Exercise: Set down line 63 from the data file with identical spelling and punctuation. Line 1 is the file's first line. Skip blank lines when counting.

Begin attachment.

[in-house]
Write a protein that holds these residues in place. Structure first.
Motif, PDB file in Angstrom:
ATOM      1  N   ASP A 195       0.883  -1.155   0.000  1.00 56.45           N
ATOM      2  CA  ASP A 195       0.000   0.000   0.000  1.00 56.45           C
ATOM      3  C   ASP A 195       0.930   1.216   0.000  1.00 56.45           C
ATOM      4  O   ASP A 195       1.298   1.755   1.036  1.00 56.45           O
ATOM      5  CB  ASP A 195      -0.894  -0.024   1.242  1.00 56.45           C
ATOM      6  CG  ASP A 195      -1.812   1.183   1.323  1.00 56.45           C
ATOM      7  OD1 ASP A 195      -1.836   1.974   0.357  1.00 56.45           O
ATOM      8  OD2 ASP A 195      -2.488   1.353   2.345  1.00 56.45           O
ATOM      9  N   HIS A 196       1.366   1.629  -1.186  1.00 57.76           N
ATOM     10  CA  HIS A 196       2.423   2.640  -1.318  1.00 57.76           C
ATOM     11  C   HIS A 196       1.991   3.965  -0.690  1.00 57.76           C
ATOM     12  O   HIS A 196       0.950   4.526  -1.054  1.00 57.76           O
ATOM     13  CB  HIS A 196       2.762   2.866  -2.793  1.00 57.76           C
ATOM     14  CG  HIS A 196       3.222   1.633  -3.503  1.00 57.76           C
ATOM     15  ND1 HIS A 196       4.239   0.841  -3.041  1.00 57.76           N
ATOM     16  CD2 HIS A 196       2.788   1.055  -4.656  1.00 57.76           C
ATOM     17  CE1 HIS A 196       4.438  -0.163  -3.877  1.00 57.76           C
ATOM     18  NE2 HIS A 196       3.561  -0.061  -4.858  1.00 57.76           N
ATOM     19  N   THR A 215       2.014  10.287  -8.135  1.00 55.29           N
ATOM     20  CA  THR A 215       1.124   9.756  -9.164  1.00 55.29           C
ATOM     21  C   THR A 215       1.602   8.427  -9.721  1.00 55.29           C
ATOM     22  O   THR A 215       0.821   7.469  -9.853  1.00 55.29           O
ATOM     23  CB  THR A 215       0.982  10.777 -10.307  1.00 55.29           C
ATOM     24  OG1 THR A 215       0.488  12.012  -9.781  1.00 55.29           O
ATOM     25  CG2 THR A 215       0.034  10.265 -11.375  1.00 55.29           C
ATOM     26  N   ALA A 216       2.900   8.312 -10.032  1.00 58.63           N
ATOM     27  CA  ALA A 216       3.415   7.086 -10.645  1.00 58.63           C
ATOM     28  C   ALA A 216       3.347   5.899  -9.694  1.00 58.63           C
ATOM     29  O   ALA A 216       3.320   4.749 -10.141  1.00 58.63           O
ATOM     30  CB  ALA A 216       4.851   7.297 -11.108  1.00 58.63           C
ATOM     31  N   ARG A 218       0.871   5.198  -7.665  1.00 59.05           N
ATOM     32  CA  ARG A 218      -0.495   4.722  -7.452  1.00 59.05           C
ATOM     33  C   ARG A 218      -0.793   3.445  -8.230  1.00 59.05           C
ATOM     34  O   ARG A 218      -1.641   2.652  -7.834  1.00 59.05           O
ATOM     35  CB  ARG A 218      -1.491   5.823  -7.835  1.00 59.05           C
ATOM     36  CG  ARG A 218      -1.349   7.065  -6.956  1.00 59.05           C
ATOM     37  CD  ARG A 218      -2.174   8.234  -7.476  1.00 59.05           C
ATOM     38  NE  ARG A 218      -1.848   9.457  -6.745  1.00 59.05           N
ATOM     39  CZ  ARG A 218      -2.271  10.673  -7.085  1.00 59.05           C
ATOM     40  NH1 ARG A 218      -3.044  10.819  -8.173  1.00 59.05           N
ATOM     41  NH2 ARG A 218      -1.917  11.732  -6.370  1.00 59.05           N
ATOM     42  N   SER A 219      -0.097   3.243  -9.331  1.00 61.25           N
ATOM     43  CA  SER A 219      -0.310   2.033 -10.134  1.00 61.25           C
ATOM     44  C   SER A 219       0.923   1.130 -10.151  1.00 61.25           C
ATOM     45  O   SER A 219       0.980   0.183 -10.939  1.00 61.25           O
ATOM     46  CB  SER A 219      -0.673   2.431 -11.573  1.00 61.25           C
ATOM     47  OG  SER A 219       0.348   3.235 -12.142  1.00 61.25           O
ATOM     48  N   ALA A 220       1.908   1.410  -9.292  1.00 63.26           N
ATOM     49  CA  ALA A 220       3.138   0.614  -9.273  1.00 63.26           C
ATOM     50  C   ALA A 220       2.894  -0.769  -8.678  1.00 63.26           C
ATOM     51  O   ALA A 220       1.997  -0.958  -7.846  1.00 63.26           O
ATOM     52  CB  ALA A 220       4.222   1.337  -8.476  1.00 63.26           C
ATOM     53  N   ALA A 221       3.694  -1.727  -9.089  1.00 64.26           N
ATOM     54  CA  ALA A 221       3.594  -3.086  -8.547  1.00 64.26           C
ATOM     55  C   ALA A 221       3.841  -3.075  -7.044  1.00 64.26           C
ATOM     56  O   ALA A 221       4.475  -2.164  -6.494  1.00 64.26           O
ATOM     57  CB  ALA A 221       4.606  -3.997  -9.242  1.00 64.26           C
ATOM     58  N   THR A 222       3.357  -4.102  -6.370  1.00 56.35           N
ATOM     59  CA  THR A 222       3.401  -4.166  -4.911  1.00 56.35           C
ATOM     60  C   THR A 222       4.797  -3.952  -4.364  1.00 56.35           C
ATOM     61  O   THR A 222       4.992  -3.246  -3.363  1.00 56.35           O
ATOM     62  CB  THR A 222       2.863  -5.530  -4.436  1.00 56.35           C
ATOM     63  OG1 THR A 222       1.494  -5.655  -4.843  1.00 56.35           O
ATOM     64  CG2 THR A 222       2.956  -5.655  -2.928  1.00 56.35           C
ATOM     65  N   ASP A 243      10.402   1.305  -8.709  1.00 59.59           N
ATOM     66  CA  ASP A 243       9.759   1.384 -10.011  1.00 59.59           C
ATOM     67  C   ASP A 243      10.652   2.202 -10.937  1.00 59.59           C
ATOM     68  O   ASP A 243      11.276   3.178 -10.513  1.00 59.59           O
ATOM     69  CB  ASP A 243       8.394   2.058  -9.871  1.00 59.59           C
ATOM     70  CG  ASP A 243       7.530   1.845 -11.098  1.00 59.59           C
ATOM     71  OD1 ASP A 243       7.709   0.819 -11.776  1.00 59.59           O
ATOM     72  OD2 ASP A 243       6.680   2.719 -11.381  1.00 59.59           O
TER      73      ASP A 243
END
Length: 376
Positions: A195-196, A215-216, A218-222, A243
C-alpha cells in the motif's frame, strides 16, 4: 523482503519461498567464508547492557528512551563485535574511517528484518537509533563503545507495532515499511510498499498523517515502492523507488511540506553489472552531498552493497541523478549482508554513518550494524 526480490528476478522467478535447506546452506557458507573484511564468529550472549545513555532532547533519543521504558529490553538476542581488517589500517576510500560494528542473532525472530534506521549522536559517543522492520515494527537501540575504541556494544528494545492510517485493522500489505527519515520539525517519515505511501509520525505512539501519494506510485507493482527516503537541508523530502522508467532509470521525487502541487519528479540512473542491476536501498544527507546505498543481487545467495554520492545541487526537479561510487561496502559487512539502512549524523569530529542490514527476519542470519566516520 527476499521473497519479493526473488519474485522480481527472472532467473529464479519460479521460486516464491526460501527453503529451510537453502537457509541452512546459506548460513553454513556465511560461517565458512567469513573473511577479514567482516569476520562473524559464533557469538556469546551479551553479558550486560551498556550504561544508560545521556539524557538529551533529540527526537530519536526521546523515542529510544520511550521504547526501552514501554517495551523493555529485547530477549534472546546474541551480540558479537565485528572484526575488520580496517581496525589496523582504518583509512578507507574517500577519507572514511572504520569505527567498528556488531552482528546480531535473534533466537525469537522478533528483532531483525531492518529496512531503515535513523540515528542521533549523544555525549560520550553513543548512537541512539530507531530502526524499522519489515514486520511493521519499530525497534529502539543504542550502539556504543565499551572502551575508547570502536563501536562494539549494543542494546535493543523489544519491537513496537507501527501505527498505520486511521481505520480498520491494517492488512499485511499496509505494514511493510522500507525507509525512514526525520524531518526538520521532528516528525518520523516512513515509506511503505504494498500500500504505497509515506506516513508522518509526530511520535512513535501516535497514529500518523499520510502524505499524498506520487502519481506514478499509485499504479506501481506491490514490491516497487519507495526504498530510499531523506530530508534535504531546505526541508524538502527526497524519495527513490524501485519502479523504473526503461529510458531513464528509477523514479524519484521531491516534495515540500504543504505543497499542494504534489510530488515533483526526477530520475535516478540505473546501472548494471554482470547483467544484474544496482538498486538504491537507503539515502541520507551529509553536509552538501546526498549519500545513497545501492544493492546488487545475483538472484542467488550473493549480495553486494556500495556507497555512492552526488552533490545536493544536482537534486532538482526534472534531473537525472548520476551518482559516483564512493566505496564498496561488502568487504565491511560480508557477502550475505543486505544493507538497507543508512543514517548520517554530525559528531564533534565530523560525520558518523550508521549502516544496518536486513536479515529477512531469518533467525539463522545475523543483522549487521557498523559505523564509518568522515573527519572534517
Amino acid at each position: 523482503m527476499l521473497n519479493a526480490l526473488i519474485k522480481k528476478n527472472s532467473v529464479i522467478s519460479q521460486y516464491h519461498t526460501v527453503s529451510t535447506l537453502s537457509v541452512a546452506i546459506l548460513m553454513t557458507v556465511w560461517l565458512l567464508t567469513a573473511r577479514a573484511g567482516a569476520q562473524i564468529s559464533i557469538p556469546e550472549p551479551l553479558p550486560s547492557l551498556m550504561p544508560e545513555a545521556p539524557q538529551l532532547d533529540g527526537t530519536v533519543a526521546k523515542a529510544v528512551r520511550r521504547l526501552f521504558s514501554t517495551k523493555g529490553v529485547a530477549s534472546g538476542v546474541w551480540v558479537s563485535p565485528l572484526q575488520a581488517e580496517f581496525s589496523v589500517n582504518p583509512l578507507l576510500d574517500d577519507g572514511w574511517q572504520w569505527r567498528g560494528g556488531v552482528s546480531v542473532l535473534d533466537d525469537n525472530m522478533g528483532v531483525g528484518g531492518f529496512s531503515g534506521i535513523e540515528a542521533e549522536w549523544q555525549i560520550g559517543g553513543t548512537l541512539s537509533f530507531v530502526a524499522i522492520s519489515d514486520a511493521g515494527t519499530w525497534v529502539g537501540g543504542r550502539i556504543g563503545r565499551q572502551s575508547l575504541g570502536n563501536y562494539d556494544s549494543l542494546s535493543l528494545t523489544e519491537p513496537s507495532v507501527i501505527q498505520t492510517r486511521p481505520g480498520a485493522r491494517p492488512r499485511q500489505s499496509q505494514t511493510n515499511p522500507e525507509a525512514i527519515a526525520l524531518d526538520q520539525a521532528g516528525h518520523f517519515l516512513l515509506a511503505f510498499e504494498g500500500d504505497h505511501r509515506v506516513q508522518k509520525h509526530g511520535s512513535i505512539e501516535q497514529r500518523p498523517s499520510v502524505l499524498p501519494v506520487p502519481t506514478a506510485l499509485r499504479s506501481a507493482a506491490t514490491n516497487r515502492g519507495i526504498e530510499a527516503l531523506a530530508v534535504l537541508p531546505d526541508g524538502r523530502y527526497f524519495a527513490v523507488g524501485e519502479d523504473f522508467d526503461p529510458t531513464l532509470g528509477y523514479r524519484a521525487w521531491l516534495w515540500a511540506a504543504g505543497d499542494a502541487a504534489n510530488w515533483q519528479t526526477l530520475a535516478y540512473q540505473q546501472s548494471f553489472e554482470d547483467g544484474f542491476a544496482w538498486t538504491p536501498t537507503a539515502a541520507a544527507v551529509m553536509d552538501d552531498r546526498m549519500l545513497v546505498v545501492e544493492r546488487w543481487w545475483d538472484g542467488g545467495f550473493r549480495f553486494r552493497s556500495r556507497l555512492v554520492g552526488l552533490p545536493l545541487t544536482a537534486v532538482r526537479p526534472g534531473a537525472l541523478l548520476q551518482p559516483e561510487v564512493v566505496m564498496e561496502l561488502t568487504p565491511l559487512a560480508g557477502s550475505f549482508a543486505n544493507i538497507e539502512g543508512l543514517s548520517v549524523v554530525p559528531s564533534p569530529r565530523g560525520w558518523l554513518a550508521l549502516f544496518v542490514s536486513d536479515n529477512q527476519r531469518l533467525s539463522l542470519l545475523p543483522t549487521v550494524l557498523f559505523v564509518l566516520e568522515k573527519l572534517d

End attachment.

ATOM     60  C   THR A 222       4.797  -3.952  -4.364  1.00 56.35           C